18, 2005: Whoever said “summer time, and the livin'
is easy,” never made hay for a living. This is the time of the
year for hard work and plenty of sweat. I think we can all relate
to being in the top of the barn stacking hay – no air movement
and it’s about 120 degrees. That’s not living easy. But
come winter nothing feels quite as satisfying as knowing the barns
are filled with good quality feed, and opening a bale of bright green,
sweet-smelling hay brings back a brief memory of summer.
Hay is a crop that more than most brings to mind the word, quality.
It takes a lot of planning, work, timing and a little luck with
the weather to produce a good crop of hay. I have a friend that
makes quite a bit more hay than I do. He always says once you cut
it you can only make the quality worse, never better. His point
is as farmers we can only hope to preserve the quality we grew.
Tedding, raking and baling all diminish the quality. To what extent
is up to us.
So what does it take to produce good hay? There are as many types
of hay as there are regions of the country and animals to feed.
Some folks like legume hay, some grass and some a mixture. Hay making
is half growing it and the other half is harvesting it. I’ll
just be talking about harvesting it, and assume you already have
hay in the field.
Unless you have extremely small quantities of it, you’ll
need equipment to harvest, make and move your hay from the field
to the storage area. Hay can be put away in silos as haylage (bulk
from the field), in small square bales (40 to 70 pounds), in large
round bales (1000 to 2000 pounds), and in large square bales (800
pounds). There are advantages and disadvantages to each system and
only you can decide which is best for your operation. No matter
which you choose, the process of making hay is the same –
“Mow it, dry it and store it.” Within that seemingly
straightforward process are a lot of work and a lot of ways to do
The first step is always to mow or cut the hay. It can be mowed
with a simple sickle bar mower, a haybine or mower/ conditioner,
or a discbine. The idea is to cut the hay off at ground level and
begin the drying process. Most hay should be cut when it is young
and tender. Hay that is cut when it is mature may be tough and lower
in nutrient quality than hay cut at the right time. On the other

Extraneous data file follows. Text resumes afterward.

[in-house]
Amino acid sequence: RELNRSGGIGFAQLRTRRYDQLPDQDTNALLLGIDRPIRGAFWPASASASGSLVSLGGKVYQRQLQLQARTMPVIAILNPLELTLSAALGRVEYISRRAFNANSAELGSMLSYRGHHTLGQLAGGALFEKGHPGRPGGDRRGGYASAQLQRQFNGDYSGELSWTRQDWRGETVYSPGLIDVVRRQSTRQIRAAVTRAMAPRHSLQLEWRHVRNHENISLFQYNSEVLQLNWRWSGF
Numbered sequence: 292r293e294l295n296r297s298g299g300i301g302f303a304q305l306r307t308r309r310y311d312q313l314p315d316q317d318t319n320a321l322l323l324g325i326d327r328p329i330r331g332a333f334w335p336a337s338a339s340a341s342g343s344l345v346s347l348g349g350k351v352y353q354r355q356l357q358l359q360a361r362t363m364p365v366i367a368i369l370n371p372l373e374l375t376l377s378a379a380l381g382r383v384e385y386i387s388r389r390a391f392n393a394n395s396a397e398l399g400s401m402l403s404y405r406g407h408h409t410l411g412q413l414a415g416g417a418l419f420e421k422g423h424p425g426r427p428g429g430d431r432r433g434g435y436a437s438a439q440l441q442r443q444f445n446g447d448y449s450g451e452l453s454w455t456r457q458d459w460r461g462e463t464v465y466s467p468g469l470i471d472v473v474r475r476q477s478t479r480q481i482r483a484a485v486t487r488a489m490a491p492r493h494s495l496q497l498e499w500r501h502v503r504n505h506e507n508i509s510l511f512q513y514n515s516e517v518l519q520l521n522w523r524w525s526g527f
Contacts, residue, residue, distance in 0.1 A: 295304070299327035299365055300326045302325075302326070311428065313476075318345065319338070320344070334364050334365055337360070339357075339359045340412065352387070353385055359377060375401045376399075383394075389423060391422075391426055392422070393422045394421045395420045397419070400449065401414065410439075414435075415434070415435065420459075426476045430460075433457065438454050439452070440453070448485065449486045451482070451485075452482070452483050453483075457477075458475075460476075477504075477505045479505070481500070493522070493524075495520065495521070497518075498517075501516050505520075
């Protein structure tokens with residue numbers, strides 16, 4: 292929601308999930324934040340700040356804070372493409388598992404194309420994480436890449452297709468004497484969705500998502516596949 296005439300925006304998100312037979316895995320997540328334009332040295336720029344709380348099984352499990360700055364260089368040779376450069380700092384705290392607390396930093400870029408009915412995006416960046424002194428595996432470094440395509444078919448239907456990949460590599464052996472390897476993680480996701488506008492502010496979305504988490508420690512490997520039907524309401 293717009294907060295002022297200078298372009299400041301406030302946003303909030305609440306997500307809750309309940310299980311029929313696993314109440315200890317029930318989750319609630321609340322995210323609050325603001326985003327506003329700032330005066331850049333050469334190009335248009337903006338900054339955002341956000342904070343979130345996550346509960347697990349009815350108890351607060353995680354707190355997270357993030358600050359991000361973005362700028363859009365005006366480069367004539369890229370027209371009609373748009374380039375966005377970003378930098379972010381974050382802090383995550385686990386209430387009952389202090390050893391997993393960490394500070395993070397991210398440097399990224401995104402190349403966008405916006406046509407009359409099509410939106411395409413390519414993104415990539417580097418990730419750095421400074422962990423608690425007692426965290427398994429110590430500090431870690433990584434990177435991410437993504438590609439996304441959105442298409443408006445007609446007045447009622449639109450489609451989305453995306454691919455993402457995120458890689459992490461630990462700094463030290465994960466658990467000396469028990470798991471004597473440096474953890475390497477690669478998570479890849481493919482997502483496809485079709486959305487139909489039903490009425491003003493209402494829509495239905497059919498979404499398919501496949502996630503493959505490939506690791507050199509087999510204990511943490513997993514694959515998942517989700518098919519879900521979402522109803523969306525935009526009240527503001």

hand, most hay crops are perennial and if they are cut too early
you can reduce their life expectancy, requiring more frequent replanting.
Mow it, dry it and store it. Within that
seemingly straightforward process are a lot of work and a lot
of ways to do it.
Hay crops at mowing will have a 75 to 90 percent moisture content.
When the hay is ready to bale it should be in the 16 to 22 percent
range. That means you’ll need several days of sunshine and
breezy air to dry it properly. Here in southeastern Pennsylvania
that can be hard to come by. Rain will do several things to hay
that is partially dry in the field. It will lower the nutritional
quality, bleach out the color, and create more work.
More work? Yes, because now you’ll need to ted the hay, spread
it out to dry, then rake it all up again. Too much rain can ruin
it altogether, but it will still need to be removed from the field
or it will smother the new growth trying to come on.
Tedding is best done when there is still a little dew on the hay
to prevent knocking the leaves off the stems and once again ---
reducing the quality.
By now the hay should be getting dryer. So, it’s time to
rake it into windrows. Here again you’ll want to treat the
hay as gently as possible to avoid reducing the quality.
OK. The hay is dry. The hay is raked. It’s time to bale.
Here at The Institute we put all of our hay up as small square bales.
Since we have no animals of our own we sell all of our hay. We have
two primary markets – organic dairies and horse farms. Both
only want high quality hay and both will pay a fair price to get
it. If you are using it yourself round bales may be fine. They are
harder to handle and ship than square bales but take far less labor
since everything can be done with machinery. Or you can wrap round
bales as haylage and store them outside. Or, you could make large
square bales. The market for this type of bale is growing as more
folks get used to the idea and get equipment to handle them. There
are many options.
The hay is finally baled. Small square bales will take lots of
labor back at the barn to unload and stack. Of course, then you
get to unstack them as you feed them out or, as in our case, restack
them onto a truck when they are sold.
With a good hay field the entire procedure will be repeated every
30 days. Lots of work.
Yes Sir, “Summer time and the livin' is easy.” Well
maybe not easy. But this winter …..
From one farm to another,